Cyber Security Challenge UK and BT have announced the availability of 11 brand new cyber security lesson plans, designed to tie in to the Computer Science GCSEs currently being taught throughout the UK.
The plans, available free of charge for all teachers, provide structured ways of teaching the foundational concepts of cyber security to pupils. They feature explanations and learning outcomes in common security measures that we use every day, from passwords to CAPTCHA and biometric security, to more advanced areas including threat detection, penetration testing and social engineering.
The lessons plans build on existing content within the AQA and OCR Computer Science syllabi, providing teachers with accessible ways of demonstrating how security works and ensuring that pupils retain what they have learnt.
The Cyber Security Challenge UK has developed these plans in collaboration with industry giant BT, to ensure that the principles taught in the lesson plans match those practiced in the industry today. BT is looking to transition these gifted school leavers to industry and has a challenging apprentice development programme, supported by the BT Academy. Interested students can apply for a role today.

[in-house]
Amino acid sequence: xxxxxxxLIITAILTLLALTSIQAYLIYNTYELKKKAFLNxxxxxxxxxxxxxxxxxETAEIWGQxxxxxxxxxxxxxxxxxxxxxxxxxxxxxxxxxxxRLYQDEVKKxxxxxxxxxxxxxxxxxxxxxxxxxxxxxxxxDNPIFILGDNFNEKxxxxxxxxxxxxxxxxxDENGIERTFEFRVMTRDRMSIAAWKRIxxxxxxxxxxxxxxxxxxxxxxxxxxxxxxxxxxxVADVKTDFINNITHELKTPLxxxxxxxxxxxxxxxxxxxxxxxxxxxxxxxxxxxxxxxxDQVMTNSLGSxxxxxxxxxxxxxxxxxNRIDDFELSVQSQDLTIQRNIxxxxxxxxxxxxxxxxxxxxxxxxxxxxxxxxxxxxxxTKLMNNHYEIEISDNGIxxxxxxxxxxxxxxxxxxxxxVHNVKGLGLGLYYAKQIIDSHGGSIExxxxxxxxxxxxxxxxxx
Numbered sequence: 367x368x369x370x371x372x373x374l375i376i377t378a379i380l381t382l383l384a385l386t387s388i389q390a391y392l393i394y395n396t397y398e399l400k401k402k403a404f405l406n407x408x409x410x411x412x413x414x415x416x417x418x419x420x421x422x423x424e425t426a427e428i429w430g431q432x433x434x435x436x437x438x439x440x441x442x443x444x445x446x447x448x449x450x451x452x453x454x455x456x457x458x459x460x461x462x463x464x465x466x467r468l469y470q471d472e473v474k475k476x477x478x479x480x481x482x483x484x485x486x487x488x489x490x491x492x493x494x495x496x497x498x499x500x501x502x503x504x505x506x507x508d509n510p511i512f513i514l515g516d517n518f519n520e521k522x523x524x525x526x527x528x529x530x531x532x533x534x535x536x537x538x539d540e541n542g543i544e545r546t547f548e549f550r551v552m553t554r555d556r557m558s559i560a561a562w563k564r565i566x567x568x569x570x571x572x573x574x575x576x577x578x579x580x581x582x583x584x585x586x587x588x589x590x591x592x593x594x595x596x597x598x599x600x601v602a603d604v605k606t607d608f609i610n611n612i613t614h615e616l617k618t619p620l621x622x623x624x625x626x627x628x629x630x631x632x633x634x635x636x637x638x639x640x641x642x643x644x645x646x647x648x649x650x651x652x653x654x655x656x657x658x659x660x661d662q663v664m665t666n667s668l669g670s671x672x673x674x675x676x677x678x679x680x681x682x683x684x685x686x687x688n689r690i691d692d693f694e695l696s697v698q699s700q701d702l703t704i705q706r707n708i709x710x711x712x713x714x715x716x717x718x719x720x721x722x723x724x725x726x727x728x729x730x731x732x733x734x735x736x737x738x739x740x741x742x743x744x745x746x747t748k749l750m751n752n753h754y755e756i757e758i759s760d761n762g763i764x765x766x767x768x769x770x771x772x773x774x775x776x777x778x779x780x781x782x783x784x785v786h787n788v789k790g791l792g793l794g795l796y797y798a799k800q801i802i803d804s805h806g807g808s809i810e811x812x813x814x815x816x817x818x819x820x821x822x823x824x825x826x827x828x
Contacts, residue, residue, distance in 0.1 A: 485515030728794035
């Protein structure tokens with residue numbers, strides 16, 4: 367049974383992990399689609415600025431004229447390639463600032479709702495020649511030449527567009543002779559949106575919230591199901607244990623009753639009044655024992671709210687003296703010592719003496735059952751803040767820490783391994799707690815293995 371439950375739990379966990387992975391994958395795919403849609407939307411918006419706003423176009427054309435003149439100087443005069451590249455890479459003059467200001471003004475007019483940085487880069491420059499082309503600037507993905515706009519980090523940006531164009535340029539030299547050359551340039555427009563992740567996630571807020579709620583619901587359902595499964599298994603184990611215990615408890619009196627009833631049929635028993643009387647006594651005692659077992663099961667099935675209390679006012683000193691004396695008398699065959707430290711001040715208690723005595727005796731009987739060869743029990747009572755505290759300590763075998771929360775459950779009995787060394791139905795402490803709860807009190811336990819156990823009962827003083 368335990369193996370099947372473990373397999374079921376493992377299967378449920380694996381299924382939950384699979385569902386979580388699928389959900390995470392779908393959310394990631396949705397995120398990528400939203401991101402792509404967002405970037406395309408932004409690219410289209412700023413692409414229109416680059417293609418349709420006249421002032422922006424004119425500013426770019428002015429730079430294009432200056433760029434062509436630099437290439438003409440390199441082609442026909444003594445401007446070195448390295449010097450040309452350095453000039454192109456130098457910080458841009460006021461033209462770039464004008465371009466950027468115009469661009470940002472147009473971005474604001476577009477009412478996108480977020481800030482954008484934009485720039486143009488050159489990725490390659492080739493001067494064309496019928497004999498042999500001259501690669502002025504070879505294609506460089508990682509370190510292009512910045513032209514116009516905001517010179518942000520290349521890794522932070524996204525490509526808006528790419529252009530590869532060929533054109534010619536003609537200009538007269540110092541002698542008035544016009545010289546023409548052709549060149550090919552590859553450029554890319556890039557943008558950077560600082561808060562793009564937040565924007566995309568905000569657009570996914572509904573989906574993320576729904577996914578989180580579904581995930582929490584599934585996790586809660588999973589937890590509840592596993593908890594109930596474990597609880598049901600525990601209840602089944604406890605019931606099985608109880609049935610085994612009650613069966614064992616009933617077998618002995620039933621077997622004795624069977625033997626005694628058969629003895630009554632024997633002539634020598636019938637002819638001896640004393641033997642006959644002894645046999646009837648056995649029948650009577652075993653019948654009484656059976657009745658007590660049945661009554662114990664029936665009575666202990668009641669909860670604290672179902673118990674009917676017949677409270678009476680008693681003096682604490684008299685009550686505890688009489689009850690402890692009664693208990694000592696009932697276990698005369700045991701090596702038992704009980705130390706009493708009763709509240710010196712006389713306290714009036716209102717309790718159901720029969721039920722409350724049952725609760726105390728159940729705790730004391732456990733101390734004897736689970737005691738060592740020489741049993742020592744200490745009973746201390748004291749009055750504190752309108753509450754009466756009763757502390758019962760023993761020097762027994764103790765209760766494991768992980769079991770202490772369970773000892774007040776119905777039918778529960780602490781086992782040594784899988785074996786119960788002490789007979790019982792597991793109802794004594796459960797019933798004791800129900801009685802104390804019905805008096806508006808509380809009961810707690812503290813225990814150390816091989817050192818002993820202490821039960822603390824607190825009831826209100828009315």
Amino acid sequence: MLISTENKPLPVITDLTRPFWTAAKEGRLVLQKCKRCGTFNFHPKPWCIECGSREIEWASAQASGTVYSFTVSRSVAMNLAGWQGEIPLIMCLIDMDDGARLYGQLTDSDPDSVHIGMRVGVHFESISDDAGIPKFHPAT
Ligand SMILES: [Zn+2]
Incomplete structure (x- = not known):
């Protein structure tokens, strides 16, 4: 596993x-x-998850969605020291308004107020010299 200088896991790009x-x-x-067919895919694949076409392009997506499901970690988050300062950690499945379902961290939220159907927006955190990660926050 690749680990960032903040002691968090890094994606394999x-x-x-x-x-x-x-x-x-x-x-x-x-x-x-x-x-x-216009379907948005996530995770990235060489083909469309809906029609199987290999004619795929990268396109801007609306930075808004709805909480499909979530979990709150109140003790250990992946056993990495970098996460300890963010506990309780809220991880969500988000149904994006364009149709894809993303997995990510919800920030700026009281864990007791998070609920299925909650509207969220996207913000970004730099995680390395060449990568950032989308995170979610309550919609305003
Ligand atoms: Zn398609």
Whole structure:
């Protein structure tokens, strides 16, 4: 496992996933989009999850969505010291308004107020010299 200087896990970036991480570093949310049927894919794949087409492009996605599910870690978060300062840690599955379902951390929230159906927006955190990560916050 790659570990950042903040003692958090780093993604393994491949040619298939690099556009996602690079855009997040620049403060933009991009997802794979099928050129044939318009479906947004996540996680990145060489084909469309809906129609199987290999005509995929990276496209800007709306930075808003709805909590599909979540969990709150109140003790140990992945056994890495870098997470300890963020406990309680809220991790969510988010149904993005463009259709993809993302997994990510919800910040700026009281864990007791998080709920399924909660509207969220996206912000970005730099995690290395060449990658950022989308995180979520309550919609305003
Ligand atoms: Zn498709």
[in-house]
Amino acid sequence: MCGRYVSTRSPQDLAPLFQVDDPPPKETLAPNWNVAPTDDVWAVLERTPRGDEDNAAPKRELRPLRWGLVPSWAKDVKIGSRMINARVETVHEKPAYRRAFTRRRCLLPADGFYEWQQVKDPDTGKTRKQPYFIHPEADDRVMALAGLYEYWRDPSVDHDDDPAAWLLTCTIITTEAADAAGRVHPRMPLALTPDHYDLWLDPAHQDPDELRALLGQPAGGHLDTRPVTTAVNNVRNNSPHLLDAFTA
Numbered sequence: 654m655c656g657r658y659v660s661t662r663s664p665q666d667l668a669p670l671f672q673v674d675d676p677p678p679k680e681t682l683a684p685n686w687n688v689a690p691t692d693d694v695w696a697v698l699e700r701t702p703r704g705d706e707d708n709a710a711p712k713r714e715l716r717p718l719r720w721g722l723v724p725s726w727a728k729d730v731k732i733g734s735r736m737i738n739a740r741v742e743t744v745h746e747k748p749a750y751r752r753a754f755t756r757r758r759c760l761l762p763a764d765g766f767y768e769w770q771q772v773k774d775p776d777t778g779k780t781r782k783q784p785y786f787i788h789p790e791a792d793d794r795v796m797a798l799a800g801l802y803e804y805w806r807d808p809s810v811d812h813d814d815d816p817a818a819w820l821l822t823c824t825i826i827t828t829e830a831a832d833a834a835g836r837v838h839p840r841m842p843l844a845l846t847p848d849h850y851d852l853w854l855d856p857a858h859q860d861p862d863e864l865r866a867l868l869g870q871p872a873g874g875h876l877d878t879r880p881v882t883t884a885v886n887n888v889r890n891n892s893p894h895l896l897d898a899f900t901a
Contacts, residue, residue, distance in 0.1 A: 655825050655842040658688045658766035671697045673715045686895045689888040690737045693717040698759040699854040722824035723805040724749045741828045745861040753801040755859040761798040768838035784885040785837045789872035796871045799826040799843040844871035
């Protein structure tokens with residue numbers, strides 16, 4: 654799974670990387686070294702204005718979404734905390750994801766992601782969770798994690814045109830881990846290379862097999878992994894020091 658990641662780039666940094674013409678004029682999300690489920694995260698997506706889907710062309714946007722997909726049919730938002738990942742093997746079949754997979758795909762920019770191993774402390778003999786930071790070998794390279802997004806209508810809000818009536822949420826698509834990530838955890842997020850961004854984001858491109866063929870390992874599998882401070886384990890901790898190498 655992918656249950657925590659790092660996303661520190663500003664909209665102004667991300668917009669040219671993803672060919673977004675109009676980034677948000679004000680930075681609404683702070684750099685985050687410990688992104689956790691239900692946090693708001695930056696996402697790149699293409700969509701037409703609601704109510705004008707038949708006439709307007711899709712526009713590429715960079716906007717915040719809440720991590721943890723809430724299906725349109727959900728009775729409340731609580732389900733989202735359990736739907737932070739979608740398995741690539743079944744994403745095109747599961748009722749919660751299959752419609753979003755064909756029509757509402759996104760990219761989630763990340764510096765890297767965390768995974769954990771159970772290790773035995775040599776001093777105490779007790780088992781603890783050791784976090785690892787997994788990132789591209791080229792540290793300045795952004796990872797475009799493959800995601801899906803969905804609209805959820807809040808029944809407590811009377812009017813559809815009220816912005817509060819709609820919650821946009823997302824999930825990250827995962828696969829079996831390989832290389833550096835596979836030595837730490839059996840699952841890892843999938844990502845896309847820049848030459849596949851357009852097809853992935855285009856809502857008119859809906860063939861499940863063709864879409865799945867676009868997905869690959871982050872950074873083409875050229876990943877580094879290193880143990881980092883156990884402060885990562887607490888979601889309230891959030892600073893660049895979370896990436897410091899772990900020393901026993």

To fill the skills gap, we must attract people into cyber security and requires educating the next generation from a young age. We have designed our lesson plans to supplement the Computer Science curriculum and ensure that teachers feel confident in delivering the information the next generation requires
The lesson plans are the latest work from Cyber Security Challenge UK’s Schools Programme, which aims to involve children and teenagers in cyber security from a young age. So far, over 500 schools are enrolled with the Challenge, meaning that thousands of Computer Science pupils across the UK will be able to benefit from the content.
The cyber security skills gap continues to affect businesses, with a 1.5 million shortfall, globally, in workers by 2020, according to industry body (ISC)2. Encouraging young people into the industry and ensuring that we have a pipeline of talent entering the sector is crucial to ensuring that the digital economy remains secure in the years to come.
Jason Stanton, Schools Programme Manager at the Cyber Security Challenge UK, said: “To fill the skills gap, we must attract people into cyber security and requires educating the next generation from a young age. We have designed our lesson plans to supplement the Computer Science curriculum and ensure that teachers feel confident in delivering the information the next generation requires.”